The Tour de l'Ain is set to attract more attention than usual when the 26th edition of the five-day stage race kicks off with a 4.6km prologue time trial in the Jura town of St Amour on Tuesday evening.
Cavendish did not ride the Ride London Classic on Sunday, opting to stay in Tuscany to prepare for his return to racing.
"The Tour de l'Ain will be important to see where I am at with my training and recovery from my injury, and also as a bit of a test at competition pace," Cavendish said in a statement from the Belgian team. "The rest of my program will be decided 100 percent after Tour de l'Ain depending on how I feel during that race. Together with the team we will then discuss how to approach the rest of my season."
"I did some efforts on Monday morning in order to get my heart rate up with a view to the prologue," the Ag2r-La Mondiale climber told L'Équipe adding: "You've got to make a lot of efforts with all of the accelerations on those small circuits. So in terms of power output, I've seen things that I wouldn't have been able to do in training."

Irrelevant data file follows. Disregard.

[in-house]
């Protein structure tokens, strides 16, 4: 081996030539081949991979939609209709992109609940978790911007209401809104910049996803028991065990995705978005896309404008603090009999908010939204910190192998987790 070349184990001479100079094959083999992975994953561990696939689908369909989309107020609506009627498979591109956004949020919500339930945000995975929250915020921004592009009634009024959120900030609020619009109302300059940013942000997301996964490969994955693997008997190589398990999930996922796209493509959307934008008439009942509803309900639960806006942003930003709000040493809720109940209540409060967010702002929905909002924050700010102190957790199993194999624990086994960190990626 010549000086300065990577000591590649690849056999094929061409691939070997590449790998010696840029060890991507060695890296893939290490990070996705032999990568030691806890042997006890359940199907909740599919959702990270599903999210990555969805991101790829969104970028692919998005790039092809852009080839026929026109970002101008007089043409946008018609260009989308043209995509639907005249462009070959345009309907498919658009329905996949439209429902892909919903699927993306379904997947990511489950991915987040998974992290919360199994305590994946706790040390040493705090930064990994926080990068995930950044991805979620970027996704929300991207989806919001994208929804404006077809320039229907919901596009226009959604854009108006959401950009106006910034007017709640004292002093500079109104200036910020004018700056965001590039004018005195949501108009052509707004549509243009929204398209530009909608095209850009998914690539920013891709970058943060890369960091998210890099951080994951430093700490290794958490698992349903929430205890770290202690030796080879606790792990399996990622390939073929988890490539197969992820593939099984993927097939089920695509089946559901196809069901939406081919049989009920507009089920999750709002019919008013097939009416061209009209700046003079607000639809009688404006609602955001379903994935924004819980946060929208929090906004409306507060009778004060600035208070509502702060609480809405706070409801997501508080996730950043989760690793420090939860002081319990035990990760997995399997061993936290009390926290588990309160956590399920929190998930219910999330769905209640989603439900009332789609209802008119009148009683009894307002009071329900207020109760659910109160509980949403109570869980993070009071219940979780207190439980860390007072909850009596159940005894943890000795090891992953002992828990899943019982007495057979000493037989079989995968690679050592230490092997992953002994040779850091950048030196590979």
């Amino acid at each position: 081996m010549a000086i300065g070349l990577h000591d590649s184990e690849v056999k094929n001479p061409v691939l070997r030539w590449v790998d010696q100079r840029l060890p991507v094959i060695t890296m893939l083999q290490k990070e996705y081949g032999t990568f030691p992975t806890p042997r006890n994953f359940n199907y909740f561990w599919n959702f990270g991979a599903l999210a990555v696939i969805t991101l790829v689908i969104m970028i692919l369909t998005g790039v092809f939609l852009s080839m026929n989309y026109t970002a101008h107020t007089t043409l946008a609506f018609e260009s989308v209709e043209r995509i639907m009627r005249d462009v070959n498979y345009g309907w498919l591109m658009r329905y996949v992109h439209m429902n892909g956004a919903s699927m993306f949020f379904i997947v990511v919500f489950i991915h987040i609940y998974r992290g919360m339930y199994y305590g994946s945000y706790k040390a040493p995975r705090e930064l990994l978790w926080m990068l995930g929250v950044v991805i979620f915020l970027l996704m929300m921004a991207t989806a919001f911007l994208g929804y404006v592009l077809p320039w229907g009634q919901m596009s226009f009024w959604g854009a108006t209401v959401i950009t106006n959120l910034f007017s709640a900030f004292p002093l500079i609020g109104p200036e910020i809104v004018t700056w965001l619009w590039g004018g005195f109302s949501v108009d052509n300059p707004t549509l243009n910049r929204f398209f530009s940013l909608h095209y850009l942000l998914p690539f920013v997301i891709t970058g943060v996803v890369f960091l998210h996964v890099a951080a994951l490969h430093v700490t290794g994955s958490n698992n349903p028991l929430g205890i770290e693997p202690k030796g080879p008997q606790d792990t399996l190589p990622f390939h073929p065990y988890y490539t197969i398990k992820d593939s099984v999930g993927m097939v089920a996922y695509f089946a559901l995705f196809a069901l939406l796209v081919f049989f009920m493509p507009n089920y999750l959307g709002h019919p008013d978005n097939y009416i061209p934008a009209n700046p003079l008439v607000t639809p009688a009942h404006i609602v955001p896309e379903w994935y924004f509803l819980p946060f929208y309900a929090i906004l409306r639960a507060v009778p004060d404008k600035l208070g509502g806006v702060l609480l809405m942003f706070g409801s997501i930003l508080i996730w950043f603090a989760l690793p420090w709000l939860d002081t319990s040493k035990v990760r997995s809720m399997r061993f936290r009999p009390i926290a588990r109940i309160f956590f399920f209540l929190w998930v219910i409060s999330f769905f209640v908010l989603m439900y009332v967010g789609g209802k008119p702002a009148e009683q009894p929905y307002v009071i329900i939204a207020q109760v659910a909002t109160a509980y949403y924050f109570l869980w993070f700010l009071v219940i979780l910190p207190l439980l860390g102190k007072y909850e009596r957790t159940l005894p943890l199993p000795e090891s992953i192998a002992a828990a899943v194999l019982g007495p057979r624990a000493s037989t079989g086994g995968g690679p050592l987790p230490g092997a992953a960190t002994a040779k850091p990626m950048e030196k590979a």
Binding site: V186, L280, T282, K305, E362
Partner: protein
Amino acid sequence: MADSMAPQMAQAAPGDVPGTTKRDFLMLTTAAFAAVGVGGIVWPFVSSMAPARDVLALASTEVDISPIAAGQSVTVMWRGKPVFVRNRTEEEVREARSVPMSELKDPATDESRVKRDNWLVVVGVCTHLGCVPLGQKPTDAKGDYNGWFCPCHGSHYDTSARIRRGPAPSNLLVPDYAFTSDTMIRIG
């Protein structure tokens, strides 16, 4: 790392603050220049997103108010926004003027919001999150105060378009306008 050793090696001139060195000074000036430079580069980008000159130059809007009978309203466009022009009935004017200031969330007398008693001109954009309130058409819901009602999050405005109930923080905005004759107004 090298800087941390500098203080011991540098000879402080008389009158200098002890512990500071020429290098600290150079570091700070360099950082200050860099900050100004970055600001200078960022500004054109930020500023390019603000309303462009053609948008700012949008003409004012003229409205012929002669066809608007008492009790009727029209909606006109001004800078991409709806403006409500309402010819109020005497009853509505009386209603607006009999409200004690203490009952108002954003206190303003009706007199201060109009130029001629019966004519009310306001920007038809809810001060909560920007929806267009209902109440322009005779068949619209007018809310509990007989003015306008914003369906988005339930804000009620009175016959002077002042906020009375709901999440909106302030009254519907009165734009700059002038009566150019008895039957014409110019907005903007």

"The selector Bernard Bourreau has told me to prepare for it. The course, which doesn't have a lot of flat on it at all, really inspires me," Peraud told L'Équipe.
Peter Cossins has written about professional cycling since 1993 and is a contributing editor to Procycling. He is the author of The Monuments: The Grit and the Glory of Cycling's Greatest One-Day Races (Bloomsbury, March 2014) and has translated Christophe Bassons' autobiography, A Clean Break (Bloomsbury, July 2014).
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